Periodontal disease is characterized by gingival inflammation, bone loss and loss of teeth. It is believed to be the most common cause of tooth loss resulting in significant dental morbidity.
Smokers are 2.5-6 times more likely to develop periodontal disease than non-smokers, and there is evidence for a direct correlation between the number of cigarettes smoked and the risk of developing the disease (Barbour et al, 1977, Crit Rev Oral Biol Med 8(4): 437-60). Smokers also tend to exhibit increased severity of periodontal disease compared to non-smokers with direct correlations between smoking and increased attachment loss, increased pocket depth, and reduced bone crest height (Barbour et al, supra). In addition, there is a strong association between smoking and both attachment loss and gum recession in young smokers (Linden et al, 1994, J Periodontol 65(7): 718-23) and even in subjects who have minimal or no periodontal disease (Gunsolley et al, 1998, J Periodontol 69(2): 165-70).
At the present time, it is not known how cigarette smoke exerts its negative effects on bone formation or bone-related diseases such as osteoporosis and periodontitis (Genco et al. J Int Acad Periodontol. 1999 1(1):21-33).
Proinflammatory cytokines such as tumor necrosis factor-alpha (TNF-α) and interleukin 1β (IL-1β) possess bone-resorptive properties, and are generally considered to play a role in the pathogenesis of periodontal disease (Hou et al, 1995, J Clin Periodontol 22(2): 162-7; Liu et al, 1996, Cytokine 8(2): 161-7; Galbraith et al, 1997, J Periodontol 68(9): 832-8). Pathogenic oral bacteria have been shown to cleave active IL-1β from pro-IL-1β (Beausejour et al, 1997, Infect Immun 65(8): 3199-202). Blocking antibodies, which inhibit IL-1/TNF, reduce both inflammatory cell recruitment and bone loss in patients with periodontal disease (Assuma et al, 1998, J Immunol 160(1): 403-9).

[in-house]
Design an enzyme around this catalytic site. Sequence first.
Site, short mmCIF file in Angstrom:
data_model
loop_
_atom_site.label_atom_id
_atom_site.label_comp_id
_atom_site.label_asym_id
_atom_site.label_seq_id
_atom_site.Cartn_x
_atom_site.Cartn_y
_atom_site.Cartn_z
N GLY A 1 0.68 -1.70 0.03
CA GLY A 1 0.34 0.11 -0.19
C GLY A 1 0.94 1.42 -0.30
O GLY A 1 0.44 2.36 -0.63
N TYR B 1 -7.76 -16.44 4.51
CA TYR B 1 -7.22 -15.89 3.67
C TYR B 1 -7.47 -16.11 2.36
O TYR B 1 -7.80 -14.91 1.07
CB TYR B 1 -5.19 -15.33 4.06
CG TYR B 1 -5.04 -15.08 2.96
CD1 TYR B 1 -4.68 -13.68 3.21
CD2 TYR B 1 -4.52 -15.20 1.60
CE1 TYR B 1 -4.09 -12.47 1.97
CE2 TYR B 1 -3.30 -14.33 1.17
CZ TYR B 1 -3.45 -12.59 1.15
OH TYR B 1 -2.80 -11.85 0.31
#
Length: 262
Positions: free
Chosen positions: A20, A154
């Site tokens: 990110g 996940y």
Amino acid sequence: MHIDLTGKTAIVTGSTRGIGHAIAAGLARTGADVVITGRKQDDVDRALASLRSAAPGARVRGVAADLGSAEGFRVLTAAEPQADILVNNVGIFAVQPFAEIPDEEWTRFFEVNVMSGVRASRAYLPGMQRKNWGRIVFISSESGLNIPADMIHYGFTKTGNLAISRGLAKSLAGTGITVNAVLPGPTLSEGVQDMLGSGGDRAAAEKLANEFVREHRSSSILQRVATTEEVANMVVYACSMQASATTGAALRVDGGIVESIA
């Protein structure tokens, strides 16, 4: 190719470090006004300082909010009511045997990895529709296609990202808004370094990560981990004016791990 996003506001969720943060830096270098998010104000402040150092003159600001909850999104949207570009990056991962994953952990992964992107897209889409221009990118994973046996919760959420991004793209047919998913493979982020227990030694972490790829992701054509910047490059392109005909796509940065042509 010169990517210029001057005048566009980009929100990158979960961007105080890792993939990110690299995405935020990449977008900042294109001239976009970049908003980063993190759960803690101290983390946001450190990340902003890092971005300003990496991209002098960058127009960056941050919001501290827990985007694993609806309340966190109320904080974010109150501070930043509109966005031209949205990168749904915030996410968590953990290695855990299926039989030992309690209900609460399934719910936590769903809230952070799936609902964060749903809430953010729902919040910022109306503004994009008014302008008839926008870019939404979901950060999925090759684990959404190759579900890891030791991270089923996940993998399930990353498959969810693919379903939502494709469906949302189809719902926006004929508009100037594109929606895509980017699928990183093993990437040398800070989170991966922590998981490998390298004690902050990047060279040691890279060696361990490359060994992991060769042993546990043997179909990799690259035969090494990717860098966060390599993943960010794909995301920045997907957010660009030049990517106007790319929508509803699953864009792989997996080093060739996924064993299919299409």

It has been demonstrated previously that aryl hydrocarbon receptor (AhR) ligands such as dioxin and benzo[a]pyrene, which are present in high concentrations in cigarette smoke, are powerful stimulators of IL-1β and TNF-α and, thus, may be significant in the pathogenesis of periodontal disease in smokers. In this regard, AhR antagonists may be useful to block stimulation of IL-1β and TNF-α, thereby minimizing some symptoms of periodontal disease.
Resveratrol, the parent compound of a family of molecules including glucosides and polymers, is a potent AhR antagonist as described in French Patent Application No. 9805673 filed May 5, 1998. It is an anti-fungal agent or phytoalexin produced by plants classified as spermatophytes of which vines, peanuts and pines are prime representatives (Soleas et al., 1997, Clin Biochemistry, 30:91-113). As an AhR antagonist, resveratrol, the chemical name of which is 3,5,4′-trihydroxystilbene, is useful generally to prevent the toxic effects of environmental exposure to AhR ligands, including, for example, halogenated and polycyclic aryl hydrocarbons, polyaromatic hydrocarbons and polychlorinated biphenyls. In addition, resveratrol has been demonstrated to prevent the induction of the proinflammatory cytokine, IL-1 Beta, by AhR ligands (Casper et al. 1999. Molecular Pharmacology, 56:784-790).